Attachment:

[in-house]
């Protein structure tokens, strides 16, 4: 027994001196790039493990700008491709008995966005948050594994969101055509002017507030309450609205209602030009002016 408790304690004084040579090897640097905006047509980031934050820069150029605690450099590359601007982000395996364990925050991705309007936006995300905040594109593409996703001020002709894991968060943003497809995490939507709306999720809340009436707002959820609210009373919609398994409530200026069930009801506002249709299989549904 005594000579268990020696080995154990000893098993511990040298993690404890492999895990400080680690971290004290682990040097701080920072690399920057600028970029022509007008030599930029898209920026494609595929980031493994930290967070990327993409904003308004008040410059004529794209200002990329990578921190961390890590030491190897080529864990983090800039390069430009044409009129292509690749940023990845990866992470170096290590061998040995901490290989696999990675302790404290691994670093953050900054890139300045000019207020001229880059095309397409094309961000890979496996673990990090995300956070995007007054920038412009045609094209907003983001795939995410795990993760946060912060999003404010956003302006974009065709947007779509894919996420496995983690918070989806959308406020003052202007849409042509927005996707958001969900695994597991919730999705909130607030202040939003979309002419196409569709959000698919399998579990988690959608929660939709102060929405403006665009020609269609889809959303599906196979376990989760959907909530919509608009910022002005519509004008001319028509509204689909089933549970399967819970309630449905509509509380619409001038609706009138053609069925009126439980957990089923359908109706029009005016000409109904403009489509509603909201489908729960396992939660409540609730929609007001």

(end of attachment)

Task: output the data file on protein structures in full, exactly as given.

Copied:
[in-house]
């Protein structure tokens, strides 16, 4: 027994001196790039493990700008491709008995966005948050594994969101055509002017507030309450609205209602030009002016 408790304690004084040579090897640097905006047509980031934050820069150029605690450099590359601007982000395996364990925050991705309007936006995300905040594109593409996703001020002709894991968060943003497809995490939507709306999720809340009436707002959820609210009373919609398994409530200026069930009801506002249709299989549904 005594000579268990020696080995154990000893098993511990040298993690404890492999895990400080680690971290004290682990040097701080920072690399920057600028970029022509007008030599930029898209920026494609595929980031493994930290967070990327993409904003308004008040410059004529794209200002990329990578921190961390890590030491190897080529864990983090800039390069430009044409009129292509690749940023990845990866992470170096290590061998040995901490290989696999990675302790404290691994670093953050900054890139300045000019207020001229880059095309397409094309961000890979496996673990990090995300956070995007007054920038412009045609094209907003983001795939995410795990993760946060912060999003404010956003302006974009065709947007779509894919996420496995983690918070989806959308406020003052202007849409042509927005996707958001969900695994597991919730999705909130607030202040939003979309002419196409569709959000698919399998579990988690959608929660939709102060929405403006665009020609269609889809959303599906196979376990989760959907909530919509608009910022002005519509004008001319028509509204689909089933549970399967819970309630449905509509509380619409001038609706009138053609069925009126439980957990089923359908109706029009005016000409109904403009489509509603909201489908729960396992939660409540609730929609007001």